“It’s a very complicated relationship, but I think the China side has become more and more realistic, and realistic in the sense that, at least in 2024, the U.S.-China relationship is going to be rocky.”

Blinken, in his visit to Beijing, will bring a host of U.S. grievances.

Top of the list is China’s support for Russia’s war in Ukraine. While Washington has relied on Beijing to try and rein in Russian President Vladimir Putin’s threats to use nuclear weapons, the administration is increasingly calling out China’s support for Putin’s army.

The administration last week began raising alarm that China’s export to Russia of non-lethal military assistance is becoming a red line for the U.S. — declaring it akin to how China feels about Taiwan.   

“The point we’re trying to make to Chinese interlocutors is that this is our strategic interest, this is the most central issue,” said Deputy Secretary of State Kurt Campbell, during a town hall in early April hosted by the National Committee on U.S-China Relations.  

“China is involving themselves in a way that they think we don’t completely understand — we do understand what’s going on,” he added. 

“We’ve told China directly, if this continues, it will have an impact on the U.S.-China relationship. We will not sit by and say everything is fine if Russia’s offensives continue and they gain territory in Ukraine.” 

And Congress is on a warpath to ban one of China’s popular and profitable exports, TikTok, as part of House Speaker Mike Johnson’s (R-La.) national security supplemental package headed for a vote, likely on Saturday. Biden had earlier said if such legislation reached his desk, he would sign it. The bill also gives TikTok’s Chinese parent company ByteDance the option of selling off the social media company. 

Republicans and Democrats share a rare unanimity that China is an all-around threat to America’s security and prosperity. 

On Tuesday, bipartisan lawmakers on the House select committee on China unveiled an investigation accusing Beijing of fueling America’s opioid epidemic by incentivizing companies to produce chemicals for the production of fentanyl. 

“Congress needs to act alongside President Biden in getting the CCP to take immediate action to stop the fentanyl crisis,” said Rep. Raja Krishnamoorthi (D-Ill.), the ranking Democrat on the committee. “The American people are demanding it. There must be accountability.”

Xi committed to Biden in Woodside to step up efforts to address China’s export of precursor chemicals used to make fentanyl. Blinken will be joined on his trip by the State Department’s top official on counter narcotics, Assistant Secretary Todd Robinson.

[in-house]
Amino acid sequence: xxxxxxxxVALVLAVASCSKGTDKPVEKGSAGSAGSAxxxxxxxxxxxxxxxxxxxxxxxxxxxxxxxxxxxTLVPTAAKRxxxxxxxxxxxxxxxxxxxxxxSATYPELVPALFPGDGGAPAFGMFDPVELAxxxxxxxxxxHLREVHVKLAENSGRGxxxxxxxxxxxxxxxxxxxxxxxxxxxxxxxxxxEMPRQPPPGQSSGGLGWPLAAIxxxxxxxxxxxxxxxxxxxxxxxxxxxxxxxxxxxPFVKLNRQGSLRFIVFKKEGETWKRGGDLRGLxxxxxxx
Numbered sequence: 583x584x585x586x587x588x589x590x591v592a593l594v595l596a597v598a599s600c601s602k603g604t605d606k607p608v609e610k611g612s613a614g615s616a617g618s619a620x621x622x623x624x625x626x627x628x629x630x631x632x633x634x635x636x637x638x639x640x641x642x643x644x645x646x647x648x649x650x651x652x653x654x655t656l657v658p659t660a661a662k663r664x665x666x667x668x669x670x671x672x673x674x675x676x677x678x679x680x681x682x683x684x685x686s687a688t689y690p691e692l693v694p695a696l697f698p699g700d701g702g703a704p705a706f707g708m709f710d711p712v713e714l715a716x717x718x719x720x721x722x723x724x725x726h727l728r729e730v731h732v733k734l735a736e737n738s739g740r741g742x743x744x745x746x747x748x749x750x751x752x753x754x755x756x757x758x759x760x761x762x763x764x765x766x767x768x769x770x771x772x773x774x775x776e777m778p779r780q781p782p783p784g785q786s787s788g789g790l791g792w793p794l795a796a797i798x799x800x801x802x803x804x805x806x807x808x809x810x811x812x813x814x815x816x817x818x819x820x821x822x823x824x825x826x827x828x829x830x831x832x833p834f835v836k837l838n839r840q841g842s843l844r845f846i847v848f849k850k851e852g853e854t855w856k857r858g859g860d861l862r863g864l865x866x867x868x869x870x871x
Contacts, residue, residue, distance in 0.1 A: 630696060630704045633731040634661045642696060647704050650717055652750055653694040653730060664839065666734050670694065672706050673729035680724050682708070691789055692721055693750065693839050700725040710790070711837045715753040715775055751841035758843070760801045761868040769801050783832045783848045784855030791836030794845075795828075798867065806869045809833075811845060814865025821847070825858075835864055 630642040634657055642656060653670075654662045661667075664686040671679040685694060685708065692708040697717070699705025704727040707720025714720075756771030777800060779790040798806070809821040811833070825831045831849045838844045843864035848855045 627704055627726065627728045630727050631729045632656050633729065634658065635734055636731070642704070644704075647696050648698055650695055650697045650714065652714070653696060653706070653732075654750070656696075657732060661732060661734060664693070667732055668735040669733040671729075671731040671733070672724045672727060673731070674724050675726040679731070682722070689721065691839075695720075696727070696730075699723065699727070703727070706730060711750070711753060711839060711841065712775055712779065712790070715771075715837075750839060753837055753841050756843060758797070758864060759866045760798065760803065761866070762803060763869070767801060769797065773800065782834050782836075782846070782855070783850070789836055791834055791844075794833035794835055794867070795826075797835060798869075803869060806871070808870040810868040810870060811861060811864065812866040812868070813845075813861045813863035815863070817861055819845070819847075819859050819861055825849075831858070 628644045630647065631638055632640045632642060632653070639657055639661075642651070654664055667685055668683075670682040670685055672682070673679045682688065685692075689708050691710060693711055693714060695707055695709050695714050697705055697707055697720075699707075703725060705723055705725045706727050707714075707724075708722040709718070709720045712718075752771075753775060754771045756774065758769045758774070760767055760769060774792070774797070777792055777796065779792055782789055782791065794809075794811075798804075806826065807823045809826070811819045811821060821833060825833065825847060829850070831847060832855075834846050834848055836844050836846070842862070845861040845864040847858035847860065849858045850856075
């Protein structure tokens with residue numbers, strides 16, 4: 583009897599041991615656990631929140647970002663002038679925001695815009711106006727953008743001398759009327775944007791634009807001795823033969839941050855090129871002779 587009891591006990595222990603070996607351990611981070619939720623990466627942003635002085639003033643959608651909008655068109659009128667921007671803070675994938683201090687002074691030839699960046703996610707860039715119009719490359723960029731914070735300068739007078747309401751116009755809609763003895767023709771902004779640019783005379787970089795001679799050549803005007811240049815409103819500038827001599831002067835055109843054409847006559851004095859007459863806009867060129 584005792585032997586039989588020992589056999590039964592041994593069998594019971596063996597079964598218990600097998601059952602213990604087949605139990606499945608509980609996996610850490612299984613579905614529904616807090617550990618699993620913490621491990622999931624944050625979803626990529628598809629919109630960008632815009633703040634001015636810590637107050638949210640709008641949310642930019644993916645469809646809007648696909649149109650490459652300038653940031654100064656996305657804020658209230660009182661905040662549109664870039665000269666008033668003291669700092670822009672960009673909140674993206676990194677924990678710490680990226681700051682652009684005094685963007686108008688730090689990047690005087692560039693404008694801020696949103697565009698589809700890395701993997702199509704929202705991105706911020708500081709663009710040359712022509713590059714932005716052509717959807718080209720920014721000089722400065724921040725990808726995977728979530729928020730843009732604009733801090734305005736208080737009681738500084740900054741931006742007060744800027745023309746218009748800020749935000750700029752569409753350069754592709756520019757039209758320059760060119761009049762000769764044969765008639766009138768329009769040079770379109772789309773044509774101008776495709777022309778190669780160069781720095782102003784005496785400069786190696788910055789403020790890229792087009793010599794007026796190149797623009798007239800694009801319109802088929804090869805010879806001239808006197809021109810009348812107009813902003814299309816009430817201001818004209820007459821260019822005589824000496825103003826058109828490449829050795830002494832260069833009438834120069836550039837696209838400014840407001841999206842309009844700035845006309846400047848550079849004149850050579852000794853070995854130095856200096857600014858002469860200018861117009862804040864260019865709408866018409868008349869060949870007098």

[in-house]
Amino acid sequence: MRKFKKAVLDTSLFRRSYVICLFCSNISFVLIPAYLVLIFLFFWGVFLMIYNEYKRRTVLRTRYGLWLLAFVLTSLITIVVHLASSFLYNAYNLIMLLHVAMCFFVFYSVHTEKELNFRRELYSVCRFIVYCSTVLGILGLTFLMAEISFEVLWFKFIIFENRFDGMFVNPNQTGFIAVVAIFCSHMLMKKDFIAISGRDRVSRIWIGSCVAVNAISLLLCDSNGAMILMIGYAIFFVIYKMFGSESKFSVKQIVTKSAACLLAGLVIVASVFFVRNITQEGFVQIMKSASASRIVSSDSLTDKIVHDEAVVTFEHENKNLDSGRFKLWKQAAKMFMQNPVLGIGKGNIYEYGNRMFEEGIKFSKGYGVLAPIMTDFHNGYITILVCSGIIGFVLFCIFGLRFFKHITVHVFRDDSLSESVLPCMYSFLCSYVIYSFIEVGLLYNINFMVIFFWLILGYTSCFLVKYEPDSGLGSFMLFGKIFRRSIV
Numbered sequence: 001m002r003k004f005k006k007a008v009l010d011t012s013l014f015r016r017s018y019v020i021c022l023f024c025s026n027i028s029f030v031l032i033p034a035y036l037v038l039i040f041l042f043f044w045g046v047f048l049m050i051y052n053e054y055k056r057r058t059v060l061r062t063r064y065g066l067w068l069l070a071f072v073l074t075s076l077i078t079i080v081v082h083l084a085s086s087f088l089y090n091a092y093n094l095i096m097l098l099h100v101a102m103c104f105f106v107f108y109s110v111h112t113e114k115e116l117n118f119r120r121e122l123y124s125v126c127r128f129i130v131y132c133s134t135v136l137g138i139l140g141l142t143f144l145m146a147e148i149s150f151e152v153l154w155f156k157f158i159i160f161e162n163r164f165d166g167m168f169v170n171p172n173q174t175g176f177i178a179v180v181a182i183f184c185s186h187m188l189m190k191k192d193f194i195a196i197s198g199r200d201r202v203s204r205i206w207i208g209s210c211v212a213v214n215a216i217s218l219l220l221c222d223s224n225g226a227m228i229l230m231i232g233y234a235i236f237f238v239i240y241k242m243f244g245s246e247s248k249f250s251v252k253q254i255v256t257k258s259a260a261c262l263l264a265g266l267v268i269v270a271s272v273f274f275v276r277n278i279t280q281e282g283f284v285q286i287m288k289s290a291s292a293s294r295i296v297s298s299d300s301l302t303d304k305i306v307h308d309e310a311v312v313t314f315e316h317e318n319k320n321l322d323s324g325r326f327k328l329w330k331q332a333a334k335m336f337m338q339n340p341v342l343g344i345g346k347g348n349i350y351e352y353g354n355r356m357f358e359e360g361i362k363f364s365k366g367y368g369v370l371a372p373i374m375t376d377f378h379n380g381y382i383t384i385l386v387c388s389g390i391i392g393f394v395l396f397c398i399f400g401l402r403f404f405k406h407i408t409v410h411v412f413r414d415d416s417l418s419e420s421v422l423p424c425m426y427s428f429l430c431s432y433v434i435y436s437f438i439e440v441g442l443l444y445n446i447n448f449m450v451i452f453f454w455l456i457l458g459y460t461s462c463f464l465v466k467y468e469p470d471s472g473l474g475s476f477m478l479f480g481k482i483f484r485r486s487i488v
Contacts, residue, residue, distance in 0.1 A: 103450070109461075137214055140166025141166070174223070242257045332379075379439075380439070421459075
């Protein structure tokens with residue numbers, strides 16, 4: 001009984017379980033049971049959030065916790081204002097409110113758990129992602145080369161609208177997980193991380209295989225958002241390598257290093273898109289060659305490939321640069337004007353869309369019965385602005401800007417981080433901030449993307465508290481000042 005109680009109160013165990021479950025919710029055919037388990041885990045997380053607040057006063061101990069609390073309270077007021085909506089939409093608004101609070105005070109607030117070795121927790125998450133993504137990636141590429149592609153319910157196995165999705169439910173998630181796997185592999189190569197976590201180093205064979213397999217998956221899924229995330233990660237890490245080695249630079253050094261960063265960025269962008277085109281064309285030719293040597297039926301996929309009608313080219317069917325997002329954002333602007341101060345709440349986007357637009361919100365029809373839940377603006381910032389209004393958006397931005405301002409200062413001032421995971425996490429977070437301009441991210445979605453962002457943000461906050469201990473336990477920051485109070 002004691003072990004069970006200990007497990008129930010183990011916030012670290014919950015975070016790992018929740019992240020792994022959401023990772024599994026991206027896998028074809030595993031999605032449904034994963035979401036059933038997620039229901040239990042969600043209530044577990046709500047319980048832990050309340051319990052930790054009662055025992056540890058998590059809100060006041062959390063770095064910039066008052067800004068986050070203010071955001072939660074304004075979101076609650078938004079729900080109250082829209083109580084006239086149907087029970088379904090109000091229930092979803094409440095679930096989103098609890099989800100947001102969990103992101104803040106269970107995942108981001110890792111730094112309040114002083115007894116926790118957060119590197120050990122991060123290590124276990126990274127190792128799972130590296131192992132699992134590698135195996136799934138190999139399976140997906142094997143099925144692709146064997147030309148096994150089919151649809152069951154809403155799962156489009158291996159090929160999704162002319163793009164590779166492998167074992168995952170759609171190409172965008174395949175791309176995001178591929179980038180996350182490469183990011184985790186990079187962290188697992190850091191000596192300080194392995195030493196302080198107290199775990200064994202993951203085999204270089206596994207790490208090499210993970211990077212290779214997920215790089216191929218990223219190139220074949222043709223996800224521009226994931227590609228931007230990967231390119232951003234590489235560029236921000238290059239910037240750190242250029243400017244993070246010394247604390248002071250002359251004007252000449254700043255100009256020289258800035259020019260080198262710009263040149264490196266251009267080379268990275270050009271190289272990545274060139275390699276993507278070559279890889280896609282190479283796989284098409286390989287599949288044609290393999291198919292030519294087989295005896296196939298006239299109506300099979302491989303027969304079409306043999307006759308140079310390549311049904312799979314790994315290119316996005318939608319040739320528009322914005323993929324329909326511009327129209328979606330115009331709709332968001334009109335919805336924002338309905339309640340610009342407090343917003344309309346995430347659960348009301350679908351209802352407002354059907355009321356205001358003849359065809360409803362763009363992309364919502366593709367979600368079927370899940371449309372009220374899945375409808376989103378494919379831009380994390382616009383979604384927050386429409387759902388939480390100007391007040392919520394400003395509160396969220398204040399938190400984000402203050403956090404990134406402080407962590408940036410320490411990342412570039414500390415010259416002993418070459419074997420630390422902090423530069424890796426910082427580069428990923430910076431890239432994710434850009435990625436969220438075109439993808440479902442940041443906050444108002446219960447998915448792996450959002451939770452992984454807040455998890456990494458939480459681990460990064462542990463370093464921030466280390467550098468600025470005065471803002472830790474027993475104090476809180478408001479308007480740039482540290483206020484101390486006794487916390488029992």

“We’ll underscore why we believe it’s in China’s interest to cooperate in ending the flow of chemical precursors to the United States,” the senior administration official told reporters.

And the U.S. has raised concern over what it criticizes as China’s provocative and destabilizing naval maneuvers in the South and East China Sea – threatening U.S.-treaty allies Japan and the Philippines.

The administration has put a priority focus on restarting military-to-military communications with Beijing to avoid potential conflicts in these waters – channels that were severed in August 2022 when then-House Speaker Nancy Pelosi visited Taiwan.

Defense Secretary Lloyd Austin spoke with China’s defense minister on Tuesday, in the first top-level engagement in nearly two years. 

Biden has angered Beijing by promising to defend Taiwan in case of a Chinese invasion, as well as calling Xi a dictator. However, Liu, of the Carter Center, said the Biden administration’s constant reassurances of adhering to the one-China policy – which does not recognize Taiwan as independent – has helped bring Beijing back to the phone and table.

A major meeting between U.S. and Chinese military and naval officials took place on April 5, shortly after the latest phone call between Biden and Xi, their first since the November meeting. 

“In China, every time — whether it’s a meeting or a phone call — they always say ‘the U.S. has reaffirmed its one China policy.’ To China, that’s the most important thing,” said Liu.

Campbell, who previously served as Biden’s top official on Asia policy at the National Security Council, said recent developments were promising.

“These are all indications that both sides, I think for now, are determined to keep U.S.-China relations on a steady, stable path,” he said at the town hall.

Source: The Hill